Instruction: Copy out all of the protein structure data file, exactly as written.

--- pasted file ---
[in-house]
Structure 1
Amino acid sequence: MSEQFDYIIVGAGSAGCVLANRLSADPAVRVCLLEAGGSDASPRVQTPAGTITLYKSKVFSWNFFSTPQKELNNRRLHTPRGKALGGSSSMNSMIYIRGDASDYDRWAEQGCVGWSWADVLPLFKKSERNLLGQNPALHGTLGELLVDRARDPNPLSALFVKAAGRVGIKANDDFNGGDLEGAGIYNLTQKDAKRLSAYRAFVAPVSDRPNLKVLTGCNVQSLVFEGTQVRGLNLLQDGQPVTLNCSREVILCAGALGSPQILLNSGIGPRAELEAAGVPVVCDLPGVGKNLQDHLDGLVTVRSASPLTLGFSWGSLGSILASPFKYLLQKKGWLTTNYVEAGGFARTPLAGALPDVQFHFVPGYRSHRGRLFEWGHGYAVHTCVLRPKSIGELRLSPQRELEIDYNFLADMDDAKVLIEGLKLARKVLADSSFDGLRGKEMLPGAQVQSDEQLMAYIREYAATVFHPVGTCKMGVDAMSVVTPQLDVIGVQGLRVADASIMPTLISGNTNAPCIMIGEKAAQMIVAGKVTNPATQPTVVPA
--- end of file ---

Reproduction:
[in-house]
Structure 1
Amino acid sequence: MSEQFDYIIVGAGSAGCVLANRLSADPAVRVCLLEAGGSDASPRVQTPAGTITLYKSKVFSWNFFSTPQKELNNRRLHTPRGKALGGSSSMNSMIYIRGDASDYDRWAEQGCVGWSWADVLPLFKKSERNLLGQNPALHGTLGELLVDRARDPNPLSALFVKAAGRVGIKANDDFNGGDLEGAGIYNLTQKDAKRLSAYRAFVAPVSDRPNLKVLTGCNVQSLVFEGTQVRGLNLLQDGQPVTLNCSREVILCAGALGSPQILLNSGIGPRAELEAAGVPVVCDLPGVGKNLQDHLDGLVTVRSASPLTLGFSWGSLGSILASPFKYLLQKKGWLTTNYVEAGGFARTPLAGALPDVQFHFVPGYRSHRGRLFEWGHGYAVHTCVLRPKSIGELRLSPQRELEIDYNFLADMDDAKVLIEGLKLARKVLADSSFDGLRGKEMLPGAQVQSDEQLMAYIREYAATVFHPVGTCKMGVDAMSVVTPQLDVIGVQGLRVADASIMPTLISGNTNAPCIMIGEKAAQMIVAGKVTNPATQPTVVPA